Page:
As we’ve previously discussed, onboarding a remote employee often comes with a learning curve to navigate.
But it is an inarguably critical curve.
In fact, according to the Society for Human Resource Management, quality onboarding increases the likelihood of retention three years later. Further, increased performance, higher productivity, and elevated employee engagement also cultivate purposeful introductory experiences.
The short version? Your onboarding process has to be more intentional than including your mission statement in the signature of their emails and giving them branded corporate swag followed by a hollow, ‘Go team!’
But you need help. And, admittedly, some of you may have needed it yesterday.
So how can you quickly onboard your remote employee in order to hand off all the things?
Unpopular answer: All the things will take time to handoff, so we suggest identifying one or two things – at least for now – that someone can handle for you with little direction.
It’s better to have someone be an expert at a couple of things quickly than a novice at everything for an extended period of time. And it never hurts to let the new kid score a few wins early on, right?
So while that may not be ideal, proper onboarding – the kind that ensures the retention and productivity we mentioned earlier – takes time. As in at least 90 days.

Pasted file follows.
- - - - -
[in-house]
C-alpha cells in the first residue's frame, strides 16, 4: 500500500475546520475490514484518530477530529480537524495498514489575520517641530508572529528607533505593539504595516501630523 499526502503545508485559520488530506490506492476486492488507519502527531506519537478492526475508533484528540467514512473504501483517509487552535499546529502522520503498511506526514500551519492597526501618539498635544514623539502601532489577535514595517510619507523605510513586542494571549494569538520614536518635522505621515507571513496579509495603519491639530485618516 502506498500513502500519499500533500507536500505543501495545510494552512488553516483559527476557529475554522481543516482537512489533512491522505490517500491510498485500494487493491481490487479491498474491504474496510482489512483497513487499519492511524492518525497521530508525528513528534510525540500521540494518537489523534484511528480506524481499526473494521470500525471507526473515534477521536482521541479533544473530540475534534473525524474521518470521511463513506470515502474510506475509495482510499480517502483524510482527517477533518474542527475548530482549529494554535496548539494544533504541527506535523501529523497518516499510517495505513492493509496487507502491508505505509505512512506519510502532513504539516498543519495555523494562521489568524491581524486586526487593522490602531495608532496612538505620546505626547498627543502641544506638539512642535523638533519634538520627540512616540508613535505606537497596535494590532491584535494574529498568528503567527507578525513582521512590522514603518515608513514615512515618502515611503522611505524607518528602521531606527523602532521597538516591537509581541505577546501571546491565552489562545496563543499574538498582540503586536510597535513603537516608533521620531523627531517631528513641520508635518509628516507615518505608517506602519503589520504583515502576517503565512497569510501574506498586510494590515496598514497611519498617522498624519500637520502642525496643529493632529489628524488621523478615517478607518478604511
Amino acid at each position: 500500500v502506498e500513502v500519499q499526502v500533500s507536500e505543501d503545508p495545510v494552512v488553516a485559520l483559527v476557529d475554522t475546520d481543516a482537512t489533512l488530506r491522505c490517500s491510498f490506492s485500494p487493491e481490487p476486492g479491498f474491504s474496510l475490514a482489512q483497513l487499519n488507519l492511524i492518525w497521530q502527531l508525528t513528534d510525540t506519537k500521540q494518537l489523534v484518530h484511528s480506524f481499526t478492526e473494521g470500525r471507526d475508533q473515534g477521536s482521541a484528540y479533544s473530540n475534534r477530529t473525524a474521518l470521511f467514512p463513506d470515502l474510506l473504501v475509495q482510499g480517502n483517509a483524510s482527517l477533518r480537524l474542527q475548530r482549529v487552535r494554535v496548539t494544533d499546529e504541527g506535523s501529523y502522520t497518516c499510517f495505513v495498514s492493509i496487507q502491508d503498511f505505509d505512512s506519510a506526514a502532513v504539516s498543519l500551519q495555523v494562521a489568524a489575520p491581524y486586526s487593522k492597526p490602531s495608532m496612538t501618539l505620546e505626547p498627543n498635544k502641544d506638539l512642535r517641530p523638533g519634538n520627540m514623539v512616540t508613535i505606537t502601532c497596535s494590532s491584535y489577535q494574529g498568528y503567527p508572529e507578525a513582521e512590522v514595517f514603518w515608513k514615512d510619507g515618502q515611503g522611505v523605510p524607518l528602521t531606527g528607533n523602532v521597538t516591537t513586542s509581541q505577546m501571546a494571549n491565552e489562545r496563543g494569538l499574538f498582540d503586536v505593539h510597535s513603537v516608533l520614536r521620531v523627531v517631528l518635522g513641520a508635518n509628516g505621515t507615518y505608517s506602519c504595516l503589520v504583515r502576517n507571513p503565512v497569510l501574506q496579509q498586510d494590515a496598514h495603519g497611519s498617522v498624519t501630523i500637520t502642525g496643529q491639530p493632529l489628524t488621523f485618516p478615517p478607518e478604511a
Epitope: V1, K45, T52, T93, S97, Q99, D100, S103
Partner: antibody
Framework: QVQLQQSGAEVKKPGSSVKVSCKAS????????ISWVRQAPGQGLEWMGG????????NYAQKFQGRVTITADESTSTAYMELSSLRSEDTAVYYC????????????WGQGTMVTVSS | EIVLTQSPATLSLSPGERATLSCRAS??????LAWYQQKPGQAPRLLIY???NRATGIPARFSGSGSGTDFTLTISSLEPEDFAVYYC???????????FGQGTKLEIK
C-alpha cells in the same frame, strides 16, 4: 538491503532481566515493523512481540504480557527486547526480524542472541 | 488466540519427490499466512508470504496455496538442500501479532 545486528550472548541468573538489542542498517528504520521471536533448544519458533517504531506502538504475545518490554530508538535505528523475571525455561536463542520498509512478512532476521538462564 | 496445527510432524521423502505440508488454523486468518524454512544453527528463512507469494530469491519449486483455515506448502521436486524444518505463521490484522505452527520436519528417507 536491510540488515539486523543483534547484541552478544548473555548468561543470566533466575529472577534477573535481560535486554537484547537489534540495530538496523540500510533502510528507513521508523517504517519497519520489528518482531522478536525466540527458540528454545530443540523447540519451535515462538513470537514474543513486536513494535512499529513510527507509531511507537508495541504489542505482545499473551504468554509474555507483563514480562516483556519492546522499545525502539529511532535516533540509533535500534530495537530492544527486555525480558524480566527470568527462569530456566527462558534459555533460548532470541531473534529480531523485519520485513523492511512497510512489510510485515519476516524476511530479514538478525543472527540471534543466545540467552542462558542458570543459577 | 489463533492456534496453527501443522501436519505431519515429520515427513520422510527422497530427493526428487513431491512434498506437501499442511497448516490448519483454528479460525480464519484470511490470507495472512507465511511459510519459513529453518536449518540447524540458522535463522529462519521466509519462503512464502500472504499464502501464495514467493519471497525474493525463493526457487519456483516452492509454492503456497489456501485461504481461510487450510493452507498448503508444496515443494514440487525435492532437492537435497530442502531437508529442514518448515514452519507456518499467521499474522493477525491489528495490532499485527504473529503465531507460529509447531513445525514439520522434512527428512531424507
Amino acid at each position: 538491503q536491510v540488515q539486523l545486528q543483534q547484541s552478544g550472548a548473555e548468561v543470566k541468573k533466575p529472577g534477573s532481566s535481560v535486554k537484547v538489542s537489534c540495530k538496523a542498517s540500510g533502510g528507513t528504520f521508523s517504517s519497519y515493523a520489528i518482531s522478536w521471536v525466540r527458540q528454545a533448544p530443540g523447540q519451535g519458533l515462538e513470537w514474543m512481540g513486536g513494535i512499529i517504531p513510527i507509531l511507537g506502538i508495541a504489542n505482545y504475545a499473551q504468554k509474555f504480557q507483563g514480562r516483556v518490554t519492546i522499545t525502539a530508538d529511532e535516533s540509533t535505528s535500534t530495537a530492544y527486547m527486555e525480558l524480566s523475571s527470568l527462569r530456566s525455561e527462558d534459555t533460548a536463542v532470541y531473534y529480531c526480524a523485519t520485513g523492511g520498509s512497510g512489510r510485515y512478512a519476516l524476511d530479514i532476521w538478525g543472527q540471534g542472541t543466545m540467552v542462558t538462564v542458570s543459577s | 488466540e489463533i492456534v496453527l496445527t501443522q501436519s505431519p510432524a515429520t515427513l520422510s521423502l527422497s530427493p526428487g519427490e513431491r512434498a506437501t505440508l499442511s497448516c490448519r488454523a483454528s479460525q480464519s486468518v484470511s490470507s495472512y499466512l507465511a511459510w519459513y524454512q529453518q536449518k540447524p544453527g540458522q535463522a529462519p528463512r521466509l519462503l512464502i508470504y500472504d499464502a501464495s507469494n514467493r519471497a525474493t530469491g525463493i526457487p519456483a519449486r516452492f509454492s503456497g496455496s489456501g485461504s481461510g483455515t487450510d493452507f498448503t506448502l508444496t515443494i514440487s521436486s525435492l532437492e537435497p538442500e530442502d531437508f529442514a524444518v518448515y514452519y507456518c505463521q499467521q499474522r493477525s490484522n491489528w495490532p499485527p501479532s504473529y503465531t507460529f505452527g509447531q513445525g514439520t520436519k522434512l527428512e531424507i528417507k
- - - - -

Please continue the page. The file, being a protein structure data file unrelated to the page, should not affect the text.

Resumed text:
Why? Because …
Rome Wasn’t Built In A Day
Once you’ve successfully handed over a few responsibilities, it’s time to start playing the long game. Here, we’ll break down a little glimpse behind the scenes of our onboarding process at BELAY.
The First Two Weeks: A Checklist
Set 30/60/90 day goals (use the attached worksheet and the one below)
Set a quick touchpoint call: Questions, roadblocks, feedback?
CALIBRATE1:1 Meeting: Continue training, discuss goals and expectations, and initial quick-win tasks
Train on next 1-2 priority tasks and projects, including corresponding tools
Share real-time feedback with one another leveraging preferred communication method(s)
1:1 Meeting: Evaluate progress and share feedback.
Ready for additional tasks and training?
More space needed?
Loosening The Reins
After the first two – intensive – weeks of onboarding your remote employee, you should both feel more comfortable allowing a little more space between you.
Encourage them to be in the driver's seat to start running with tasks – giving them a week or two to get their sea legs – and when you both feel like the time is right, continue your cadence of handing tasks over, checking in, offering feedback and support – wash, rinse, repeat.
In no time, you’ll have a well-trained, integrated and independent rockstar remote employee ready to help you conquer the world.
For more tips on how to onboard a remote employee, check out this free resource!